I agree with the suggestion that you and your wife should take lessons separately. On sailboats there's a lot to do to make 'em go, and people in couples tend to specialize. You really need to know how to do all the jobs on the boat -- both of you.
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Old 12-07-2012, 20:13   #24
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Re: Advice on sailing lessons

We been very lucky having a good friend who is a boat builder and professional skipper. He is without a boat at the moment and loved to teach us on our boat. Learning on your own boat has huge advantages as you learn a lot about your boat at the same time. We became good friends and go sailing as much as we can.
Our first boat was a lug rigged plywood trailer sailer ( scruffie) and I thought I could learn from books only. Today I know it would have taken us a lot longer to get the confidence we have now. After Scruffie we bought a beautiful H28 . 12 month later we sold our beloved H28 and found a 39ft Challenger.
We are in the middle of planing a 6 month trip on the Australian East Coast.
Without our Teacher we would have spend another 2 or 3 years learning it the hard way.
If your boat is in a Marina put a note on the noticeboard and I bet somebody would love to teach you.

Cheers
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Old 13-07-2012, 11:32   #25
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Re: Advice on sailing lessons

@ rakuflames: i respect your opinion, but i might not have made it clear. we don't plan on sailing on our own until we have the skills, experience and resources to safely manage a vessel of this size. However, this doesn't stop us from buying our first live aboard boat and finding the most affordable means to get some basic skills. So I'm really grateful for all the advice on this thread
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Old 13-07-2012, 11:49   #26
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Re: Advice on sailing lessons

I have been sailing since I was an infant in diapers. There are photos at my parents house laying across the bow of a sunfish while sleeping. I still remember the slap of water and ocassional wave coming over the boat. Even a kid can't sleep through that.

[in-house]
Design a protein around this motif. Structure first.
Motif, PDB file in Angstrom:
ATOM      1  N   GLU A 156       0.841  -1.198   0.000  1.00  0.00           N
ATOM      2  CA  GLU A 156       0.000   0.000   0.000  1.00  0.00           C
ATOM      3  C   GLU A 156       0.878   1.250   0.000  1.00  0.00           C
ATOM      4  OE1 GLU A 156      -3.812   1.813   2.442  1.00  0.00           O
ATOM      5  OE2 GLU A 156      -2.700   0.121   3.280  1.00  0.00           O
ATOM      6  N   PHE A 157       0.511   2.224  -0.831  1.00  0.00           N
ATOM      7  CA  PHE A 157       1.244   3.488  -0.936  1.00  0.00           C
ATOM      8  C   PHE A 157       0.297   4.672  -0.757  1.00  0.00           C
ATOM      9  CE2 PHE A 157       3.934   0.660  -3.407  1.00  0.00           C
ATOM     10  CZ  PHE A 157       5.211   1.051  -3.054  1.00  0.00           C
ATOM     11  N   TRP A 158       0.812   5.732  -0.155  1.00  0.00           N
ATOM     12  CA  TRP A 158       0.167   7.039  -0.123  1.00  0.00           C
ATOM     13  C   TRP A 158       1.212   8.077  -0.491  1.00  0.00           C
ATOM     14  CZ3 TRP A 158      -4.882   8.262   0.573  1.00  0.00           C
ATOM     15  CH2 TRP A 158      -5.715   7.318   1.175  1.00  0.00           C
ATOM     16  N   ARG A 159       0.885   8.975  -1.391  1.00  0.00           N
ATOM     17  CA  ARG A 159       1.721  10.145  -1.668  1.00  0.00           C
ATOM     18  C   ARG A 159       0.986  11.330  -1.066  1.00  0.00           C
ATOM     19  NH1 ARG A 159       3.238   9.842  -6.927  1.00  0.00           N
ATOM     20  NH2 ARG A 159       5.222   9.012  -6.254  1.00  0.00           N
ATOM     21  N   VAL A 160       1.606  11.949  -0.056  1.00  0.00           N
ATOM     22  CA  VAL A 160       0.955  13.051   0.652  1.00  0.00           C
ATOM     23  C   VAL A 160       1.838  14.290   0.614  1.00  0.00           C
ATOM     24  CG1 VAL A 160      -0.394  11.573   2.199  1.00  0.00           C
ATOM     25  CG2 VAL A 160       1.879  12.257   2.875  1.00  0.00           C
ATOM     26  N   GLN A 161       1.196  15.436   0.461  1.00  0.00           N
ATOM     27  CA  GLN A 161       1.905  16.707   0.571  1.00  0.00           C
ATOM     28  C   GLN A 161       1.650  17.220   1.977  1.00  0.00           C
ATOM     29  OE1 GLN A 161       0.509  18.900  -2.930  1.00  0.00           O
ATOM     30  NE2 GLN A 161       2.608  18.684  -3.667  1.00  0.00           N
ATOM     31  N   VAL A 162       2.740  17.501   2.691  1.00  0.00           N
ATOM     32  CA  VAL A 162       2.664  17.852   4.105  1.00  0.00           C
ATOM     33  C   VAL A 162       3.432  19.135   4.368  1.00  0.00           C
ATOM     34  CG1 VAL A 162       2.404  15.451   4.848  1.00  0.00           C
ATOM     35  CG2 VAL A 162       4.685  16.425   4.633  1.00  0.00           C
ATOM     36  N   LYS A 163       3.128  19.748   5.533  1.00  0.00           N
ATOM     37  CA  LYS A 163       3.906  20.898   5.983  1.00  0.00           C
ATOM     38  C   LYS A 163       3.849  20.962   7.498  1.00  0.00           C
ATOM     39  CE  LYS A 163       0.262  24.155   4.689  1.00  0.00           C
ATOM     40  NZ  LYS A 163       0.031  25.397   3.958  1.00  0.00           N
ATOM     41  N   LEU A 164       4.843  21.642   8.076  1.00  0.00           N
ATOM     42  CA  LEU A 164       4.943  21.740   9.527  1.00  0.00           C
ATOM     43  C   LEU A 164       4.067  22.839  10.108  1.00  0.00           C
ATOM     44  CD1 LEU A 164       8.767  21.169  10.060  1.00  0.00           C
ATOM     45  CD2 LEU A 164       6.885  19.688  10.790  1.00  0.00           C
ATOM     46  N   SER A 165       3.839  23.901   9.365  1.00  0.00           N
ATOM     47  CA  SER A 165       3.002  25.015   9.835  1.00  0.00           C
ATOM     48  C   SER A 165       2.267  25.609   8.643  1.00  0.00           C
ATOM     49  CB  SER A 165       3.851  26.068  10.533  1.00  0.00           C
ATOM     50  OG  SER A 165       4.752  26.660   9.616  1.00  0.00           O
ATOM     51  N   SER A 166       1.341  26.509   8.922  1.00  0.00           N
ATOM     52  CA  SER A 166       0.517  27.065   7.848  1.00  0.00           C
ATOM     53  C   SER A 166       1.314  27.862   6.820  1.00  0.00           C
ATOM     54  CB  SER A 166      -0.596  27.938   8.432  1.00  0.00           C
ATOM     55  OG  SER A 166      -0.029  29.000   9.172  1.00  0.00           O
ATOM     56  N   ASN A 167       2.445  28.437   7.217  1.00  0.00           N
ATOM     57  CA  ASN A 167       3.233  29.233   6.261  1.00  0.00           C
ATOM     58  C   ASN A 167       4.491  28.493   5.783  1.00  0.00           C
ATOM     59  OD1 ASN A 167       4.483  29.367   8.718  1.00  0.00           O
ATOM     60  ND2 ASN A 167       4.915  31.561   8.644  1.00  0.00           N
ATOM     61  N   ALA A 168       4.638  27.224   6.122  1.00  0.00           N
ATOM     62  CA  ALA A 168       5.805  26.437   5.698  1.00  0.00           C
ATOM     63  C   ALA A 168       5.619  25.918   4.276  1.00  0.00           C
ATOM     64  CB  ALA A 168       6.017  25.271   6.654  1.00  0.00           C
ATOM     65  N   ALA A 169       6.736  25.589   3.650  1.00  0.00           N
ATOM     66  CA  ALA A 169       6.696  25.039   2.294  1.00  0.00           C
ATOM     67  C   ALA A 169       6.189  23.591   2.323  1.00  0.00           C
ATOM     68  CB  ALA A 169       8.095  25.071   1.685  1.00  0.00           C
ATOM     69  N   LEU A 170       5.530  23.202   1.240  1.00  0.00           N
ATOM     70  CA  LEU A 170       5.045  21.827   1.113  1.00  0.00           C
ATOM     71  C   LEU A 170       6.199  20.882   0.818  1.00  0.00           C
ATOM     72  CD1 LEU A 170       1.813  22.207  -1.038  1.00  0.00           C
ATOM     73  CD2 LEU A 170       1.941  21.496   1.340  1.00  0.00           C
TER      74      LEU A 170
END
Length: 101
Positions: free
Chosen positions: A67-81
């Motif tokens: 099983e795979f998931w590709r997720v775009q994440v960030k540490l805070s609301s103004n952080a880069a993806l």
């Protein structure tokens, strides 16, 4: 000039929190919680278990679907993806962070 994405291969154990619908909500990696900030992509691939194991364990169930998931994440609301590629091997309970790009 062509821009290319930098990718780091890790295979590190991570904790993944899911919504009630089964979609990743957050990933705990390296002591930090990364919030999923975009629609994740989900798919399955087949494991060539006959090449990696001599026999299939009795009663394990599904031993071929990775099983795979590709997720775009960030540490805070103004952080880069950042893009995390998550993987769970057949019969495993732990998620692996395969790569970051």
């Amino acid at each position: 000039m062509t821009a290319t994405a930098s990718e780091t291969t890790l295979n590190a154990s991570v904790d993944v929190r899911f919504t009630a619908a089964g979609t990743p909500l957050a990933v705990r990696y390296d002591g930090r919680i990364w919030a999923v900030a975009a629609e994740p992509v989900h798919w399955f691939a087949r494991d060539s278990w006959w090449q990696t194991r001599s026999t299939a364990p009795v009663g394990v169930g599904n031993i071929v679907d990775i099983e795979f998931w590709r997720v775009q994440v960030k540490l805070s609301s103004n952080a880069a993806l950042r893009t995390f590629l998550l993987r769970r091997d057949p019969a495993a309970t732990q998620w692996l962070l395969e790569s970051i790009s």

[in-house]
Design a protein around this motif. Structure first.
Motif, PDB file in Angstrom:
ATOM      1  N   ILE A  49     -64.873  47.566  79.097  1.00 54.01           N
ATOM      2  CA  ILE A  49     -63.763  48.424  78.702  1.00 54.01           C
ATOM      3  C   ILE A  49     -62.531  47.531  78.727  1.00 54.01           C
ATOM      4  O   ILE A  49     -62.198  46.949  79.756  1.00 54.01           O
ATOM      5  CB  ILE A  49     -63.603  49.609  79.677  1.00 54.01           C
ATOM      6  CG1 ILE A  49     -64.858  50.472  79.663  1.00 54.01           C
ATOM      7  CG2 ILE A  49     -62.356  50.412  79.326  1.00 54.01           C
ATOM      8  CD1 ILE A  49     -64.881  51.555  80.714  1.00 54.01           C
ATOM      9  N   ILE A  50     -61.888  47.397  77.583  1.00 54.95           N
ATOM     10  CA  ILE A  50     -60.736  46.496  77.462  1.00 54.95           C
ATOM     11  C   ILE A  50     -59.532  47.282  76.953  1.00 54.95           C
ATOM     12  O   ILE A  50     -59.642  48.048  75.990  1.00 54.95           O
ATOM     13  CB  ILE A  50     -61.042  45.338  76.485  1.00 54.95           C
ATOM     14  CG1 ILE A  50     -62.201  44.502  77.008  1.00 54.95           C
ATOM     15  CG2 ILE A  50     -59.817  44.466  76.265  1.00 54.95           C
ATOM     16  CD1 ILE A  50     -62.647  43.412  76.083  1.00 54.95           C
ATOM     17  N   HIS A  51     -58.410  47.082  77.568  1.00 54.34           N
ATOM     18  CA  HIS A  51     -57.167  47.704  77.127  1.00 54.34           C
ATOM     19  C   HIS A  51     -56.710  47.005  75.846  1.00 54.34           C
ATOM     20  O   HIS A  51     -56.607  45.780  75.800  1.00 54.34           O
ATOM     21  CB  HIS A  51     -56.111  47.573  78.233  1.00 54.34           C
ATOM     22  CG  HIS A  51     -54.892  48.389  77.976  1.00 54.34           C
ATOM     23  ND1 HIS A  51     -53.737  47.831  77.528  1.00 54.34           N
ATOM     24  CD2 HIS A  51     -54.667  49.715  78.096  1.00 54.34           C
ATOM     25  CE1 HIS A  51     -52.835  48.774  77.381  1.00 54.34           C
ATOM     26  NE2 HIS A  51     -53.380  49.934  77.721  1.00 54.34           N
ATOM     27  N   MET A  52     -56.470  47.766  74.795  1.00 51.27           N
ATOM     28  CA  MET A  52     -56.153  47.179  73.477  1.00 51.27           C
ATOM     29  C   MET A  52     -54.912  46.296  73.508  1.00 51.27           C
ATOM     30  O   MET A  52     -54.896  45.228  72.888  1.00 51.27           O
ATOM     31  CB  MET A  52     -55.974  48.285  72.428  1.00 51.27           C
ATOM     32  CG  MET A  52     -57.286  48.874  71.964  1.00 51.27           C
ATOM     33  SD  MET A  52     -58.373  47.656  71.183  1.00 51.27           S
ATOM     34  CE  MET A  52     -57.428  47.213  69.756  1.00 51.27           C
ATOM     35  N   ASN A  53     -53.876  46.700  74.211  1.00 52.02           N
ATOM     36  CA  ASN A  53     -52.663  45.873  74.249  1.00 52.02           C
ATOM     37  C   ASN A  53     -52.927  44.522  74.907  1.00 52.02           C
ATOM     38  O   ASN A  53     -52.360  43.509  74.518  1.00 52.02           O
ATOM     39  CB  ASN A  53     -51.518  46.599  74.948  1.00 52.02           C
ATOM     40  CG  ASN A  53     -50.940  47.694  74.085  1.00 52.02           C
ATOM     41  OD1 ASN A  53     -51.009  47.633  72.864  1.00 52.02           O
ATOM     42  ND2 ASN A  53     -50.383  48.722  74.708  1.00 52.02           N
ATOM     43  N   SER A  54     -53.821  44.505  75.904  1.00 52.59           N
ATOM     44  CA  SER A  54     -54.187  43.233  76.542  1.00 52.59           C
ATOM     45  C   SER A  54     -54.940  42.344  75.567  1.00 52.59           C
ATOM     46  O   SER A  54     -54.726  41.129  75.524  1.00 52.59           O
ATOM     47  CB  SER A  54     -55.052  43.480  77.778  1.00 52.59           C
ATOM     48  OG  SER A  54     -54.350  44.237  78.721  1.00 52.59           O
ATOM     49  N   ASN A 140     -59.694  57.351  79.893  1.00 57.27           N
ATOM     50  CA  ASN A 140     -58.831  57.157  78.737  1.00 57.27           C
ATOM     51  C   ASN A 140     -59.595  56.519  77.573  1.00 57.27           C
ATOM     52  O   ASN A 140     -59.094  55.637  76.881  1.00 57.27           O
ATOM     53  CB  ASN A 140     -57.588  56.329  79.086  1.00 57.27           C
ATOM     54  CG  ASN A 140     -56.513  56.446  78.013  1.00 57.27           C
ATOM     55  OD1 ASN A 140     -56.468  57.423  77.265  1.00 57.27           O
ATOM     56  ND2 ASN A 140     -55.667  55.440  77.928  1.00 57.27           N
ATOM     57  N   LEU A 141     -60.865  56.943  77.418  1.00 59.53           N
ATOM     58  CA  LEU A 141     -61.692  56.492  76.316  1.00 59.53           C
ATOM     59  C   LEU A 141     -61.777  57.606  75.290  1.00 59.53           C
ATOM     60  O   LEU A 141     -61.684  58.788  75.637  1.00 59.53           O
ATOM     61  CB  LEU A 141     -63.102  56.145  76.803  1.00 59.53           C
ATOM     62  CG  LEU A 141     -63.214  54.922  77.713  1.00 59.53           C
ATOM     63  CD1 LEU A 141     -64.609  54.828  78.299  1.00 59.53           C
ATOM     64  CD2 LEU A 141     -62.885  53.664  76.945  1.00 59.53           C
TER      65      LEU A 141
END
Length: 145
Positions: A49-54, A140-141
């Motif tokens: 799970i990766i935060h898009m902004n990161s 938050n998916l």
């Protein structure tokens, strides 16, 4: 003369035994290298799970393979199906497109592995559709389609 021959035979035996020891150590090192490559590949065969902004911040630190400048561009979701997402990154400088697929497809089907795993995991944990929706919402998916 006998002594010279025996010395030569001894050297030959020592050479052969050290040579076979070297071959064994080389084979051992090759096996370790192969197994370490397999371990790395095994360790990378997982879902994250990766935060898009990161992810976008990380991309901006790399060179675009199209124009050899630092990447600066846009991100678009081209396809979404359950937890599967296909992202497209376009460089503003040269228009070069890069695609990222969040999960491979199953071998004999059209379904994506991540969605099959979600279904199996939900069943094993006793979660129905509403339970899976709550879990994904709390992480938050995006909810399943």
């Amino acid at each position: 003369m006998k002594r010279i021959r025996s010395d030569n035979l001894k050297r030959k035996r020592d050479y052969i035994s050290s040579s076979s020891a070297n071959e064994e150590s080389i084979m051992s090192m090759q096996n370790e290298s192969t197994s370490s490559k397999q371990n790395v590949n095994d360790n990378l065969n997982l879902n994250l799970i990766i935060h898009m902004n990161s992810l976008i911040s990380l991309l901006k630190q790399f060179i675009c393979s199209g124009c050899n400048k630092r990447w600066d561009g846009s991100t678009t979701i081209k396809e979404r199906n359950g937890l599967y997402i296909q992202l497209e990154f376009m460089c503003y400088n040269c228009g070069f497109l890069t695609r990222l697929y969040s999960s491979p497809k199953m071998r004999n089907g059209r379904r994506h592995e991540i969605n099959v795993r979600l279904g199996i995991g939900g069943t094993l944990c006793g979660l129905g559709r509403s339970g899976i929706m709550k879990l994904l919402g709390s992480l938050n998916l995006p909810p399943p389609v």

Sailing is not as dangerous as some make it sound....as long as you learn...learning is not as hard as some make it sound...as long as you take small steps....boats are not expensive as some say...as long as you dont buy expensive.....its all a choice.

Get a small boat. A dinghy. Build it or buy it. You can learn to sail. The same principals apply to all boat. A dinghy is the best way to learn. You don't need lessons for a 10 foot dinghy. Go to a beach or pond and practice. If things get to crazy, release the sheet. That fixes 99% of scary on a dinghy when your a kid. Probably still works for adults too.

Once you learn, progress up to larger and larger. You'll build the confidenced and experience needed by starting small.
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Old 13-07-2012, 11:51   #27
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Re: Advice on sailing lessons

Before jumping into the expensive Chapman's course I'd recommend a club sponsored basic sailing course or ASA or US Sailing Basic course just to "get your feet wet" then decide if you want the doctorate program.

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Old 13-07-2012, 11:52   #28
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Re: Advice on sailing lessons

Also, I have never in my life had professional sailing lessons in my life. I don't think it is necessary. I started very small and worked my way up.

I did go to dive school in the Military for navigation underwater with rebreather. Over water is easy. Learned tides, currents and navigation in military school too.
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Old 13-07-2012, 11:54   #29
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Re: Advice on sailing lessons

The Annapolis Book of Seamanship is a more comprehensive guide. Royce's Sailing Illustrated is a dandy book you can stuff in your pocket if they still have them available in that size.
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Old 13-07-2012, 12:00   #30
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Re: Advice on sailing lessons

@ Reiner: wow, it would be a dream to find a friend like yours with that kind of experience! We still havent purchased our boat but that's a great idea having someone teach us on our boat once we get it. I think after reading all the posts on this thread and doing research on sailing lessons, my conclusion is investing in some professional sailing classes and combining that with hands on training from seasoned sailors in our area. And cold beers at the end of a lesson is always a good idea good luck planning your Aussie trip - that sounds like an adventure!